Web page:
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August 18, 2017

Routing Wood with a Router Template

Routing Wood the Easy Way

 

Routing wood with a plunge router and router templateRouting wood for wood inlay requires using a router in a controlled manner. One of the challenges of using a wood router is making sure that the spinning router bit stays within the desired area to be cut. Using a router template is a great way to ensure that the woodworker is able to maintain cutting accuracy. As a result, routing wood with a template can also greatly improve  efficiency and production in the woodworking shop.

 

Making the Router Template

 

Routing wood with a router templateThe woodworking video shows how the router template is easily made by using a scrap of 1/4 inch MDF. The design of the diamond veneer is transferred onto the MDF by taking a sharp pencil and outlining the pattern. Next, a critical measurement is taken into consideration. We measure from the cutting edge of the router bit to the outside edge of the router guide bushing. This measurement is now added to the outline of the diamond that is now on the MDF. This newly created outline is then cut out on the band saw and becomes our actual guide for routing wood. (Cut just shy of the line and clean up the cut with a file.)

 

Routing Wood with the Plunge Router

 

Routing Wood - Bandsawn router template guide.Using double stick tape is an easy way to secure and align the position of the router template. Set the depth of the router bit just shy of the wood veneer to be inlaid. The next step is simply routing wood with a plunge router that has a straight bit. Cut along the outside edge of the template in a counter clockwise direction. Once this outline is cut it is then time to “hog” out all the remaining  wood within the template.

 

Using Chisels for the Final Cleanup

 

Routing wood with a router template - Gluing & clamping.Once we are finished routing wood with the plunge router, it is then time to remove our routing template. The outer points of our diamond pattern need to be further defined. We now take a straightedge and a pencil to outline the points and then proceed by using sharp chisels to clean up the remaining wood. Finally, we can test fit our diamond wood veneer inlay. When we have our perfect fit, we can continue with the glue up and clamping.

 

 

Watch more YouTube woodworking how to videos online.

…Your comments are welcomed…

The Apprentice and The Journeyman University

 


Using a Router for Wood Inlay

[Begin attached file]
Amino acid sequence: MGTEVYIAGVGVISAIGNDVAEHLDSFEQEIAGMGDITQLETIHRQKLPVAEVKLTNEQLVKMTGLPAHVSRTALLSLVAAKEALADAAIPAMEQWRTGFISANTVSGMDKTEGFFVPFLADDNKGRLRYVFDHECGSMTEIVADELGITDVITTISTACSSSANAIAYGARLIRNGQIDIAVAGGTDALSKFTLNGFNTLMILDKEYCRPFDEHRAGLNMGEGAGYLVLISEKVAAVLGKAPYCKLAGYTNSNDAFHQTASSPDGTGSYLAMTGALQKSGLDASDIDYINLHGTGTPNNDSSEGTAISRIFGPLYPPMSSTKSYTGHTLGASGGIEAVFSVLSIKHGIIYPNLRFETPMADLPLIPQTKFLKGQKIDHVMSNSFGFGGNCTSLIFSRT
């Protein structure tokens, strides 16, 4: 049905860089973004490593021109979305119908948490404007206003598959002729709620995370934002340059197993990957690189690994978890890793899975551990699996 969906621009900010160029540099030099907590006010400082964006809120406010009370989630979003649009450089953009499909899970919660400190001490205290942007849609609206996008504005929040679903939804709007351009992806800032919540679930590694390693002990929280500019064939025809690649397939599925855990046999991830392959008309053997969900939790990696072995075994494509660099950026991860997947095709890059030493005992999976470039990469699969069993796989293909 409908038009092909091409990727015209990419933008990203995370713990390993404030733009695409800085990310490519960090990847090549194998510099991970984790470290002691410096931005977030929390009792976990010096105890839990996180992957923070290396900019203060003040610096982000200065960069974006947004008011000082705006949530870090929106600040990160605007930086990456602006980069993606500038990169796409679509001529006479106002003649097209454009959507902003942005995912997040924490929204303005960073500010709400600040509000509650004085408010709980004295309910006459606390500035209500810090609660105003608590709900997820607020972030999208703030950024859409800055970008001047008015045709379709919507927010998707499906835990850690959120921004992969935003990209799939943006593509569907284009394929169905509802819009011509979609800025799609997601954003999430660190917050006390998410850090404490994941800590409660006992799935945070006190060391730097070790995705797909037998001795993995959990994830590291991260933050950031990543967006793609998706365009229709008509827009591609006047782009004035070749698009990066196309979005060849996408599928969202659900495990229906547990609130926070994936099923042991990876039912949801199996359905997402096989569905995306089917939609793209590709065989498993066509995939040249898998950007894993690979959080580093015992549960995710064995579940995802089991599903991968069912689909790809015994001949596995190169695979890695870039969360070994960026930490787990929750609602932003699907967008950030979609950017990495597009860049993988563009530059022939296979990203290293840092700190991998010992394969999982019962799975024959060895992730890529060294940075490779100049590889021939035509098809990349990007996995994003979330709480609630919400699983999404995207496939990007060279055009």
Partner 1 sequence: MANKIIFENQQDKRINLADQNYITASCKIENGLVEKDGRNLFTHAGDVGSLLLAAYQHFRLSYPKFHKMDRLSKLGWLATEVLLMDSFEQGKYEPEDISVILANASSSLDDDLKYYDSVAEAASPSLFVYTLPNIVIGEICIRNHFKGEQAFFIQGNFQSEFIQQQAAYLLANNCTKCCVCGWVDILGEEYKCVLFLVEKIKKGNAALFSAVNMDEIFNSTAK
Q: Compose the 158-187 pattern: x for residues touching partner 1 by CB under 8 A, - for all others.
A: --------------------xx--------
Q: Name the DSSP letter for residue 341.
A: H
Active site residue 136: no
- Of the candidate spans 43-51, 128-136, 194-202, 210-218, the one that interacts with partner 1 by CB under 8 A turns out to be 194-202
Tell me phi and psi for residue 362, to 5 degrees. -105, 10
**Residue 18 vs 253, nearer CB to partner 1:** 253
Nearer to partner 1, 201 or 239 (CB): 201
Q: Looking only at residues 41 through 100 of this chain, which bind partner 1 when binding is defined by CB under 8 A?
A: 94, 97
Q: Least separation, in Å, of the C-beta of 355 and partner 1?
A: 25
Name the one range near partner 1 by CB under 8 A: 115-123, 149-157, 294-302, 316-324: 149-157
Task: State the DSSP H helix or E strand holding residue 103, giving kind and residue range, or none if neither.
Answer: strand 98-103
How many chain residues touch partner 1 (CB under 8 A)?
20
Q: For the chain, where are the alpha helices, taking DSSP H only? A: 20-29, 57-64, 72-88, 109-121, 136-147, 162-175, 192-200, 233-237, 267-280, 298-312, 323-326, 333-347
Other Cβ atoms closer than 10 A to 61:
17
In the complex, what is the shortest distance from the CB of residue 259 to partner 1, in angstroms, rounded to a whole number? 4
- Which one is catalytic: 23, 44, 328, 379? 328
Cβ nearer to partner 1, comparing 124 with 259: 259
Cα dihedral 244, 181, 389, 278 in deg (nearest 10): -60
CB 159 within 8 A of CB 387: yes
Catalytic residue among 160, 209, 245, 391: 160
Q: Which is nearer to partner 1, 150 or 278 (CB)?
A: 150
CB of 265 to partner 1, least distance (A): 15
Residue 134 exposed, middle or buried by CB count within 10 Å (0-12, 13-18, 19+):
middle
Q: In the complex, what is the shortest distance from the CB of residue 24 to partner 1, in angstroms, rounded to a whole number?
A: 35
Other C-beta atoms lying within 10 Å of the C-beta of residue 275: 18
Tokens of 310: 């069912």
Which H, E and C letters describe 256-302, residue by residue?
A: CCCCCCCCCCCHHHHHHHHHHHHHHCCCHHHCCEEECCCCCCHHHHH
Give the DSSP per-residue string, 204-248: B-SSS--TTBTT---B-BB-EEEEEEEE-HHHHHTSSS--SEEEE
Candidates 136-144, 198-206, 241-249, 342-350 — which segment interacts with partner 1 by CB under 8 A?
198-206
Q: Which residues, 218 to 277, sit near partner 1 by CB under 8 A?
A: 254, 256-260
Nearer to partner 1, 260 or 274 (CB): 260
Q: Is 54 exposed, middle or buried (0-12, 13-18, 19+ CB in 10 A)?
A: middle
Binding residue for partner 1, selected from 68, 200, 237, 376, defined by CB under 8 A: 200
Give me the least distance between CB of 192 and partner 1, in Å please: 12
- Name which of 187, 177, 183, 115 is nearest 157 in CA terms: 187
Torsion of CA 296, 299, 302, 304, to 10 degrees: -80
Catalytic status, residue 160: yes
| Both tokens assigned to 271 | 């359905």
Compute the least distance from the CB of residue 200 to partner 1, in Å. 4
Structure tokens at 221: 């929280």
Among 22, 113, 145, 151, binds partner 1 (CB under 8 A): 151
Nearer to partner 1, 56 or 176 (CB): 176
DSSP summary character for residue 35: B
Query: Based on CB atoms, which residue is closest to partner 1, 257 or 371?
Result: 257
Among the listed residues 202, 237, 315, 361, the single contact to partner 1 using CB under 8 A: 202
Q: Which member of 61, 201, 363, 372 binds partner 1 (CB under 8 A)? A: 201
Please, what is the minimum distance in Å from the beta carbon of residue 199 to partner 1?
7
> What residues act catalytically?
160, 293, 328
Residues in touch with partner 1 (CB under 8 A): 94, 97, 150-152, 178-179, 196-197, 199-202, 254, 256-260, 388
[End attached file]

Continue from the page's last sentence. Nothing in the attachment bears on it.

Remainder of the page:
Using a Router to Inlay a Compass Rose

 

The woodworker is using a router in this woodworking article to create a recess in mahogany. This recess will house a compass rose veneer that was previously sliced on the band saw. Now, a Dewalt DWP611PK compact plunge router with a 1/4 inch straight router bit is used to cut a recess to house the veneer.

 

The techniques demonstrated by the woodworker in this article are basically just for practice. He is simply testing to develop a strategy for when it becomes time to actually inlay the compass rose veneer. Practicing woodworking in the shop is a great idea. It’s a good way to develop confidence in one’s skills. We all know that it is better to make a mistake while practicing rather than to make an error on the actual woodworking project

 

Laying Out the Compass Rose

 

Compass Rose - Bandsaw Resawing - Using a RouterThe first step for the woodworker is to outline the compass rose on the mahogany. This is simply done by tracing a pencil line around the compass rose veneer. Then the layout lines are cut by using the straight edge from a combination square and scoring the lines with a sharp utility knife. The cut lines are then penciled in for better visibility.

 

Using a Router to Make the Plunge Cut

 

Using a Router for Wood Inlay
When using a router to make a plunge cut for wood inlay,  it is necessary to “zero in” the router bit. What this means is that the router is adjusted so that the bottom of the router bit is at the same level as the router’s base. Next, the router bit can be adjusted for the depth of the plunge cut. Since the thickness of the compass rose is 3/32″, the bit will need to make a plunge cut of 1/16”.  This will allow the compass rose to extend above the surface of the mahogany by 1/32″. This is an ideal amount for scraping and then sanding so that both surfaces can become level with one another.

 

A Compact Plunge Router with LED Lights

 

When using a router to freehand the pattern, it is critically important that the woodworker takes his or her time. We want to make sure that the router bit maintains the cut within the scored lines. One beautiful feature of this DeWalt plunge router is that it has LED lights to illuminate the cutting area. This makes life so much more easier and that much more enjoyable for the woodworker.

 

Routing Closer to the Lines

 

Using a Rotory Tool for Wood InlayAfter the woodworker is finished using the compact router in this demonstration, he then uses a Foredom rotory tool with a 1/8″ bit to rout closer to the lines. As you can see, the rotory tool is in a shop-made wooden base. Afterwards, hand tool skills are required as chisels and a mallet are used for the final cutting of the recess.

The compass rose wood inlay veneer is now fit into the mahogany. The next step is to carefully glue this veneer into the recess.

Watch more YouTube woodworking how to videos online.

…Your comments are welcomed…

The Apprentice and The Journeyman University


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